I have a bad habit (for an American) of looking things up in the OED first and not checking to see if Merriam-Webster agrees.
Sometimes this habit results in my changing a spelling that’s acceptable in U.S. usage or hyphenating a word that M-W doesn’t.
When I recently encountered online examples of the unhyphenated words unAmerican and copayment, I consulted both dictionaries to see if I had fallen behind the times.
Both OED and M-W show co-payment and un-American as the only options. Even the AP Stylebook allows a hyphen in un-American.
Perhaps online journalists and merchants who do not hyphenate these words are using other style guides. Or maybe they just don’t care.
Here are some examples that indicate that not everyone thinks that words like co-pay, co-payment, co-insurance and un-American require hyphens or even that adjectives from proper nouns require a capital.
Copayments and Other Information (Wisconsin information site)
What’s the difference between copays and coinsurance? (Quicken app FAQ)
The member only pays their copayment for any additional admissions (Blue Cross information site)
“UnAmerican Graffiti” (episode title, NYPD Blue)
“Unamerican” (song title on Cletus Got Shot album)
Unamerican (section title, Huffington Post)
My email to my unAmerican Representative (headline, Daily Kos)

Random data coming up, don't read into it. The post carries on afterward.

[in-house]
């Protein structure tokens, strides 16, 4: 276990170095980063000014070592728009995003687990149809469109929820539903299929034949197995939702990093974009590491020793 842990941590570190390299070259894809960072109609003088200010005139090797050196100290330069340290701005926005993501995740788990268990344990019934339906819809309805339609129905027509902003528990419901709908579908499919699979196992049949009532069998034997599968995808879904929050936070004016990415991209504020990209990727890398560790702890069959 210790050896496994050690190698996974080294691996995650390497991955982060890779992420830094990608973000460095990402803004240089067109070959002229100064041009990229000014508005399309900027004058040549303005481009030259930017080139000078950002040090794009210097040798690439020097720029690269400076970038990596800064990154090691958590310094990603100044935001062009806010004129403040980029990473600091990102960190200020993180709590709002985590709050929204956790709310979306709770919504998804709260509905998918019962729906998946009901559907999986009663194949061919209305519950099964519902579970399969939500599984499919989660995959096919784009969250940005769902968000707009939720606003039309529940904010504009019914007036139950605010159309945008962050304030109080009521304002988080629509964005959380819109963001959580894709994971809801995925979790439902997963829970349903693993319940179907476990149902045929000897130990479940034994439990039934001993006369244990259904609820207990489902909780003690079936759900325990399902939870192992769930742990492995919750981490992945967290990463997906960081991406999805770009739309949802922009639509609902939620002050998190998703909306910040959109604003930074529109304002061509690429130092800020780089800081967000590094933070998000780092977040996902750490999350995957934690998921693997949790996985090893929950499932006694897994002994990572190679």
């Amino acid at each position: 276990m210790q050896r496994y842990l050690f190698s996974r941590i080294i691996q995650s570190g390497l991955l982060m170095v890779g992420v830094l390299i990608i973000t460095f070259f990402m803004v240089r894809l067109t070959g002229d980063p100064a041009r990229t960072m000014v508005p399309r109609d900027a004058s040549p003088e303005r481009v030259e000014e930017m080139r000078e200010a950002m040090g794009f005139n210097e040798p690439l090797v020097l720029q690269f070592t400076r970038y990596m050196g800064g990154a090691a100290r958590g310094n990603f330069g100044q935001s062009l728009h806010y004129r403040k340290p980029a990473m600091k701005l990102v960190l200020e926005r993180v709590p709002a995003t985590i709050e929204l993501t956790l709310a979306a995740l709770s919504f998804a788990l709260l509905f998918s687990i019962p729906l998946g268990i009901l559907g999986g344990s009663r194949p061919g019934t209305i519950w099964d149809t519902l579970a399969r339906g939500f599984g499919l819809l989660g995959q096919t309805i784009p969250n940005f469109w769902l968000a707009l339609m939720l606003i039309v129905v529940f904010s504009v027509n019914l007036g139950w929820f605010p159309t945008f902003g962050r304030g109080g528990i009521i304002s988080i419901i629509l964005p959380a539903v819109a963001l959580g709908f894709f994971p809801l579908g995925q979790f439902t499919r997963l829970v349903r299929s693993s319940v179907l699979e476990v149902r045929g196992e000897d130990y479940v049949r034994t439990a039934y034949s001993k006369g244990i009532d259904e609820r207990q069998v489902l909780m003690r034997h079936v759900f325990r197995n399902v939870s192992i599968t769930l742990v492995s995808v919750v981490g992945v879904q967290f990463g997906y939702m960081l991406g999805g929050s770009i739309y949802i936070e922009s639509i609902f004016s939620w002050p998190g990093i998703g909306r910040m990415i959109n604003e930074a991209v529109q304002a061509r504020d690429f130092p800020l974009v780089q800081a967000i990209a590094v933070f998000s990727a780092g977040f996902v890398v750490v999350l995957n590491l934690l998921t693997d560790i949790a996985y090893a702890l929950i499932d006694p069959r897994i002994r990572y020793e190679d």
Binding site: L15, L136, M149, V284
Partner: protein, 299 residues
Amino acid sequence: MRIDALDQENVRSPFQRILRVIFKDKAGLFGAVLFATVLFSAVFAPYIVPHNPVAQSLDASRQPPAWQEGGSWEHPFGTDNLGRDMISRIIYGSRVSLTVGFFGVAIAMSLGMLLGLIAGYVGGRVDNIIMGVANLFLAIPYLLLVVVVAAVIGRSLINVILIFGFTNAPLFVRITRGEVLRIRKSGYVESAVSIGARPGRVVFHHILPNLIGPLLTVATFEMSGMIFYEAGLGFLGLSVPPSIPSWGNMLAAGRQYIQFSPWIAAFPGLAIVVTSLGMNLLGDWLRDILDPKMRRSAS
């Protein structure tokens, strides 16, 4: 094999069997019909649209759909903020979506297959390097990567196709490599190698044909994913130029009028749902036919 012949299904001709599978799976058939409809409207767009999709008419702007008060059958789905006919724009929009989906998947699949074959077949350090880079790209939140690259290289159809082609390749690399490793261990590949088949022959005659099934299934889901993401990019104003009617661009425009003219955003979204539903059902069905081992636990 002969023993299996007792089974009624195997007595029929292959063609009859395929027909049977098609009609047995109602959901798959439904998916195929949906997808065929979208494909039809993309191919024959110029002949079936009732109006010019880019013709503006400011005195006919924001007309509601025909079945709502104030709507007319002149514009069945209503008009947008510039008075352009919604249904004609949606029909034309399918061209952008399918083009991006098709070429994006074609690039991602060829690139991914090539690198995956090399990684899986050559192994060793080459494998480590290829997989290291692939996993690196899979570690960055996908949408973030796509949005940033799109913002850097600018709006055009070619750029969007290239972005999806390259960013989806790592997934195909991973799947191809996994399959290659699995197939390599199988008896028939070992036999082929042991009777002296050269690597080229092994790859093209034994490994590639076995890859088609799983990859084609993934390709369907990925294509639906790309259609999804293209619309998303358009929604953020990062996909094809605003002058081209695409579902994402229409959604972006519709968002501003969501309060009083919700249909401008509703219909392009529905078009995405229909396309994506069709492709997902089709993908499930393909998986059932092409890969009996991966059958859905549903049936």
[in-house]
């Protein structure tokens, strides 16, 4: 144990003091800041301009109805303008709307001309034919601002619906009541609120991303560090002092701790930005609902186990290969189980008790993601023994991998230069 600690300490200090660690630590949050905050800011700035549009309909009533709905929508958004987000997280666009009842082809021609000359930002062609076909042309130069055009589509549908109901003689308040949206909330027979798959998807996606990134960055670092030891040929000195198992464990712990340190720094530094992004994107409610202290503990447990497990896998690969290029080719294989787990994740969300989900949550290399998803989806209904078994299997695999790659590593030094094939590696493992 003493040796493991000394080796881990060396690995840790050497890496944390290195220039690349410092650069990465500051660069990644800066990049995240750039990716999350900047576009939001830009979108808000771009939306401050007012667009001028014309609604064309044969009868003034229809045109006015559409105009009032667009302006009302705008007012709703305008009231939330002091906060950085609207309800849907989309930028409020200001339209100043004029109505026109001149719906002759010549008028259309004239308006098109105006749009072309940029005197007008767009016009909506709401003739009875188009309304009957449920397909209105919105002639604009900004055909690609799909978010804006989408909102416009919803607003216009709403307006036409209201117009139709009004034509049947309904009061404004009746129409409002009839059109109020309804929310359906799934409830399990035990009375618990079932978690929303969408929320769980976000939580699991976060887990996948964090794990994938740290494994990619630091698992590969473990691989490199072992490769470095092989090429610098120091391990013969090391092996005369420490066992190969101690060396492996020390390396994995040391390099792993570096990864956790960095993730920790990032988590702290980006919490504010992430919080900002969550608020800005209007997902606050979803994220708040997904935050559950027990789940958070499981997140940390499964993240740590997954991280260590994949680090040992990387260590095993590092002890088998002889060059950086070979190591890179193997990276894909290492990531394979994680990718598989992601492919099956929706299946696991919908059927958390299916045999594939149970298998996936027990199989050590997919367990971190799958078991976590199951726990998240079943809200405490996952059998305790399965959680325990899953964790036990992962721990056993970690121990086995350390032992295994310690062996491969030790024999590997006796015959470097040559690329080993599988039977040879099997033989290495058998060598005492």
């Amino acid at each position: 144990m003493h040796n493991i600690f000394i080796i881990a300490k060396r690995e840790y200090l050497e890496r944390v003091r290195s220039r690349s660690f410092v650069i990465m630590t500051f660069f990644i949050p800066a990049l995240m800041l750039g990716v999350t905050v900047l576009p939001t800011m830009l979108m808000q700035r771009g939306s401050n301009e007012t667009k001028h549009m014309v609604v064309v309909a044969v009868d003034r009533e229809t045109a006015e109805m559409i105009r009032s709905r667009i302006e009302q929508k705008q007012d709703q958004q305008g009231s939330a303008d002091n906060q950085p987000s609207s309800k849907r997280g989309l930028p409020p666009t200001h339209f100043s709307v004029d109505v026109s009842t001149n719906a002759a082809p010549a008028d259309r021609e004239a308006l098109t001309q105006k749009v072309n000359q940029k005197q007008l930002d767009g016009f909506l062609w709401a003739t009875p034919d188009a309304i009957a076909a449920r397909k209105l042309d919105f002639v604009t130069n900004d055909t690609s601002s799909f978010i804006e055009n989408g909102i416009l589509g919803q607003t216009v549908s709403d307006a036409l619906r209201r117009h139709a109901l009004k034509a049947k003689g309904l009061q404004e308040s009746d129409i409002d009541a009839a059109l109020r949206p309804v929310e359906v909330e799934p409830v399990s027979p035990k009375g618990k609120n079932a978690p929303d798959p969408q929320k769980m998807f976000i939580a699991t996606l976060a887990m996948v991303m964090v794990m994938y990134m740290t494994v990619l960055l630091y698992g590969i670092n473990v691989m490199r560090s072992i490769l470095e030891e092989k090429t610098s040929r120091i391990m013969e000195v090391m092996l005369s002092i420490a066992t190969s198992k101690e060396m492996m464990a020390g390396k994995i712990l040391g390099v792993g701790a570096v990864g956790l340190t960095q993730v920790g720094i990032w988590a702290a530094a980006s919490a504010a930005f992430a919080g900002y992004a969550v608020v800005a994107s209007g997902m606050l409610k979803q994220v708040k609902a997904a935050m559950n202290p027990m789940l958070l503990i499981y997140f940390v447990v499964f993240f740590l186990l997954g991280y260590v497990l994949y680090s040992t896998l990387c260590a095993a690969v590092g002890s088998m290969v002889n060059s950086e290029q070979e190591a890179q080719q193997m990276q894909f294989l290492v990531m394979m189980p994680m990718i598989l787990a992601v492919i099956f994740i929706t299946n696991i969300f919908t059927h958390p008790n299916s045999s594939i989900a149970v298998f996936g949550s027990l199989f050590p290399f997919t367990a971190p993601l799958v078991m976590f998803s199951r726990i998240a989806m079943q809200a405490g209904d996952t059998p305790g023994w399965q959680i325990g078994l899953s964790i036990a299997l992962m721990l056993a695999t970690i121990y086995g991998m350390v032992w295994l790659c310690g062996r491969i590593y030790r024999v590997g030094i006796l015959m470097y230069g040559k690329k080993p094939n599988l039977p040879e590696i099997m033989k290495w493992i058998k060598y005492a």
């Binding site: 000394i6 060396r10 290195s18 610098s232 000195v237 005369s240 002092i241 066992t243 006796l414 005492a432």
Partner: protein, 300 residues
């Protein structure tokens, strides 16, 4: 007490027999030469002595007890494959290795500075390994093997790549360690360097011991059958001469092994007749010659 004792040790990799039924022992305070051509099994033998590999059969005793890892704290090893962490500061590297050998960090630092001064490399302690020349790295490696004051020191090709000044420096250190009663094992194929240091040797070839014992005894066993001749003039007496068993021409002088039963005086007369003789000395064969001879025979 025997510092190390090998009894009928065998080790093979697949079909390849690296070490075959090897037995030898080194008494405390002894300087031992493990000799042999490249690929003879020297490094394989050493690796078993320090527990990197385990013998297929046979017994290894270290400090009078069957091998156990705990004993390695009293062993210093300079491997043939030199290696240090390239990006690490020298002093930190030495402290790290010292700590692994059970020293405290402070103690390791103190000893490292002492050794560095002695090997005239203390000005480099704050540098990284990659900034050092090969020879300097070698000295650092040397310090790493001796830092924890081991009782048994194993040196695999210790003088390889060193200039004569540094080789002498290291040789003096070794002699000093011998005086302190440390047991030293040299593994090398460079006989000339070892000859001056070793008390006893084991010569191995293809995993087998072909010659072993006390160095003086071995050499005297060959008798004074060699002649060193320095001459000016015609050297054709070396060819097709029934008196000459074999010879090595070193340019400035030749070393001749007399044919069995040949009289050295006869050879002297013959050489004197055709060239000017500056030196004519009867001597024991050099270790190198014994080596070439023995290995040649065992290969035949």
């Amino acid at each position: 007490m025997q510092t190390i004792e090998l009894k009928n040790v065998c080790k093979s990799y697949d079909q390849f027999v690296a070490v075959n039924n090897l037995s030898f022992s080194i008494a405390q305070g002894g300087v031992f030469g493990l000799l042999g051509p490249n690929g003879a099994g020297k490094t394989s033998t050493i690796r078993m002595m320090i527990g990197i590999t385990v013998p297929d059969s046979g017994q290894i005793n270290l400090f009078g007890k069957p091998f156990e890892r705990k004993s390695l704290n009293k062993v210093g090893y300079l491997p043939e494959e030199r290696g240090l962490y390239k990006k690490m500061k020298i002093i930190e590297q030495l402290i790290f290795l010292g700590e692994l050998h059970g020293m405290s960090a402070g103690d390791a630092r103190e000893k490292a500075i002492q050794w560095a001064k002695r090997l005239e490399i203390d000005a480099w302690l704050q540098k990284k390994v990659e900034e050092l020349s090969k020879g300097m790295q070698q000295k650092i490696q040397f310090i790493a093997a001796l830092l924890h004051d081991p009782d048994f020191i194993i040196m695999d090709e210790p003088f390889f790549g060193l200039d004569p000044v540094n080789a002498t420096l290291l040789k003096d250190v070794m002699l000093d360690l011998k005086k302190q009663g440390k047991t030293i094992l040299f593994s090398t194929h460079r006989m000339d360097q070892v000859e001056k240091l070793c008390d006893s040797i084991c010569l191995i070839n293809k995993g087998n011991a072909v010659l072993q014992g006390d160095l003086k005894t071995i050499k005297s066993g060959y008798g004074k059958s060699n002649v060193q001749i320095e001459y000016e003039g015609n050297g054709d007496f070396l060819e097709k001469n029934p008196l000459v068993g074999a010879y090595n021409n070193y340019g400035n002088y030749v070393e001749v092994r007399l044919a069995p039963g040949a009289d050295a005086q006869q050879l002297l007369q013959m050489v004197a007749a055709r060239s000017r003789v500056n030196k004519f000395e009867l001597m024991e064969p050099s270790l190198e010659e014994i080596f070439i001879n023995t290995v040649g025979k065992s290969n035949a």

Knowing when to hyphenate nouns formed with common prefixes like co- and un- can be tricky, even when consulting a dictionary or stylebook. For example, M-W hyphenates co-pay, but not coeditor. CMOS (Chicago Manual of Style) goes with coeditor, but opts for co-opt. Both OED and AP give the nod to co-editor, and every one of the sources I use acknowledges the spelling un-American.
I find myself wanting to pick and choose according to my own feelings about the way a word looks.
Because I don’t like the look of coeditor and coauthor, I want to go with AP’s “Retain the hyphen when forming nouns, adjectives and verbs that indicate occupation or status.” But although AP includes co-author, co-pilot and co-star in the “occupation-status” category, they relegate coed to their unhyphenated list. If I want to write co-ed, I have to turn to M-W for justification.
Professional writers don’t have the option of this kind of mixing and matching. Publishers, on the other hand, do.
Some publishers and organizations compile their own” house style guides,” usually based on one of the standard guides, but altered in some respects. For example, the AP Stylebook recommends using the country name Myanmar. For political reasons, a publisher might supersede that rule, requiring his writers to refer to the country by its former name, Burma.
In the absence of a house guide, writers whose employer has adopted a particular style guide are bound to follow it, regardless of personal preference. Freelance writers, who are their own employers, should adopt a guide for themselves to follow.
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